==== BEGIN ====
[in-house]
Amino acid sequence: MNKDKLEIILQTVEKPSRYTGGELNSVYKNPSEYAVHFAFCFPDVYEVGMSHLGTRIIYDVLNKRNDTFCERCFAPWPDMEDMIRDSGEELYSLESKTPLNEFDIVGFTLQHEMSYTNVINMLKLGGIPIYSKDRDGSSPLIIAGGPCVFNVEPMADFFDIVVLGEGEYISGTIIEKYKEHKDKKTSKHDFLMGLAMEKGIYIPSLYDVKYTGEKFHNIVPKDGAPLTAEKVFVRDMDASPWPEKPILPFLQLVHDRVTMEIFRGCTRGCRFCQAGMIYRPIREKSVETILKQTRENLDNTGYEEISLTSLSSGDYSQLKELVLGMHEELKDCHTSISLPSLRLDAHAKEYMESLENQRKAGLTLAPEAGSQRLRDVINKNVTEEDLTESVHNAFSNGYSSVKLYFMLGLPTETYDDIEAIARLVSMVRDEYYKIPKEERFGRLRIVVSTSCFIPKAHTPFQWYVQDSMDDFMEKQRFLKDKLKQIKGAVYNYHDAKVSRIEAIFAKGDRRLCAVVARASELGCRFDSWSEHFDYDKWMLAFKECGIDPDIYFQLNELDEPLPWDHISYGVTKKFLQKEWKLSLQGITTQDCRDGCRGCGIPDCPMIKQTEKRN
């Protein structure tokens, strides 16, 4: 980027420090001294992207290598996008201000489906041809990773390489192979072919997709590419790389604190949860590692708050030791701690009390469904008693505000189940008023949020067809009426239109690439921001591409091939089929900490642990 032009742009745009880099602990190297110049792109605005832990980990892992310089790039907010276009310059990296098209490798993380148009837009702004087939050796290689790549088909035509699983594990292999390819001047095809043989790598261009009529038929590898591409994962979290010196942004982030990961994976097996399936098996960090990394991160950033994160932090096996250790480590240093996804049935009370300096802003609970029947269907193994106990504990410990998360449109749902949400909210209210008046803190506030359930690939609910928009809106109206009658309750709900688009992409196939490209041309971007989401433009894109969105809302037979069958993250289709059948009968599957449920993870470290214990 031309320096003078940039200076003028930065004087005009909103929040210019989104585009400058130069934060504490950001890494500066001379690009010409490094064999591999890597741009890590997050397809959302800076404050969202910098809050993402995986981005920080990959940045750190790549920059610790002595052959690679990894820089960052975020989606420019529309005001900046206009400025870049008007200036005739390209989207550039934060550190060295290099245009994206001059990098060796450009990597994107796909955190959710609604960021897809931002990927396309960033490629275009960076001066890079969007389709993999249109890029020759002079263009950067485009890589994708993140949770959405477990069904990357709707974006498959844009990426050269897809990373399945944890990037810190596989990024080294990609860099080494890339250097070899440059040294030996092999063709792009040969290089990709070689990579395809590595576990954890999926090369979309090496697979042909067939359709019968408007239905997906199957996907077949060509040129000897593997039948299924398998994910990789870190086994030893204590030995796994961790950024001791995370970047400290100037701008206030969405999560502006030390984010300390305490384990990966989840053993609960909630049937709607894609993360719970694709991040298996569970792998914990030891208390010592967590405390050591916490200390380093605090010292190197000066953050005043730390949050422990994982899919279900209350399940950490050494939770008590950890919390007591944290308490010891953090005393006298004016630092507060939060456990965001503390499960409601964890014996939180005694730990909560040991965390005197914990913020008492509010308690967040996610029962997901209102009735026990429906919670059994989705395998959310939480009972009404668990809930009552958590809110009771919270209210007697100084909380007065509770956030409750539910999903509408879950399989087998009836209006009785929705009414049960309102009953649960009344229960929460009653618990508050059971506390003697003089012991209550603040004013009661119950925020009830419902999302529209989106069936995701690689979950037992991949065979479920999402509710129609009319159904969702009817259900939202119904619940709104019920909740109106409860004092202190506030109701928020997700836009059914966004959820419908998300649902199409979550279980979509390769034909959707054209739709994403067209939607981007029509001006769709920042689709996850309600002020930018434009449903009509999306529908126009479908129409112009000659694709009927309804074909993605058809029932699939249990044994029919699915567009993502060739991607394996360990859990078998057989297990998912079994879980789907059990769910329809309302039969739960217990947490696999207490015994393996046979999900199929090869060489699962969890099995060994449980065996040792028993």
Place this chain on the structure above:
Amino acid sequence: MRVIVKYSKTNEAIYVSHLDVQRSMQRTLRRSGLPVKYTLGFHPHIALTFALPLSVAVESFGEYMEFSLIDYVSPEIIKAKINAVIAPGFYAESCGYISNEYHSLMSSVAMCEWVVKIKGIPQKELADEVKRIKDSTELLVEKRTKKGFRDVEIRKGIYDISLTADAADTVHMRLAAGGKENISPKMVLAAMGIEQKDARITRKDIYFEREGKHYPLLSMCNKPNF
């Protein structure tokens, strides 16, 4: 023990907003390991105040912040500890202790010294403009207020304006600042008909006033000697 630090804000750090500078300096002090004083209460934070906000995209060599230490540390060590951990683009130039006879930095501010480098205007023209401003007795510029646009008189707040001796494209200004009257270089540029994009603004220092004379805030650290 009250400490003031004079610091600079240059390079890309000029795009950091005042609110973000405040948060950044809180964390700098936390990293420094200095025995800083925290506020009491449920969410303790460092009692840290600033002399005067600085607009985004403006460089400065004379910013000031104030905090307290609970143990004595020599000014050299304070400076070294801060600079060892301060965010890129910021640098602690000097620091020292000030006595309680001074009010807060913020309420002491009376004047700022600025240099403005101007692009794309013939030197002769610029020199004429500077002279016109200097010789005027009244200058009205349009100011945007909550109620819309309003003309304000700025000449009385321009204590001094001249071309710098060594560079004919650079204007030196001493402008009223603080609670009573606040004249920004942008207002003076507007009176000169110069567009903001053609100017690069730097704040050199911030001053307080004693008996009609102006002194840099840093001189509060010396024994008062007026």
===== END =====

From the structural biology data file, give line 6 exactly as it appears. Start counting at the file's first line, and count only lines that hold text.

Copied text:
């Protein structure tokens, strides 16, 4: 023990907003390991105040912040500890202790010294403009207020304006600042008909006033000697 630090804000750090500078300096002090004083209460934070906000995209060599230490540390060590951990683009130039006879930095501010480098205007023209401003007795510029646009008189707040001796494209200004009257270089540029994009603004220092004379805030650290 009250400490003031004079610091600079240059390079890309000029795009950091005042609110973000405040948060950044809180964390700098936390990293420094200095025995800083925290506020009491449920969410303790460092009692840290600033002399005067600085607009985004403006460089400065004379910013000031104030905090307290609970143990004595020599000014050299304070400076070294801060600079060892301060965010890129910021640098602690000097620091020292000030006595309680001074009010807060913020309420002491009376004047700022600025240099403005101007692009794309013939030197002769610029020199004429500077002279016109200097010789005027009244200058009205349009100011945007909550109620819309309003003309304000700025000449009385321009204590001094001249071309710098060594560079004919650079204007030196001493402008009223603080609670009573606040004249920004942008207002003076507007009176000169110069567009903001053609100017690069730097704040050199911030001053307080004693008996009609102006002194840099840093001189509060010396024994008062007026």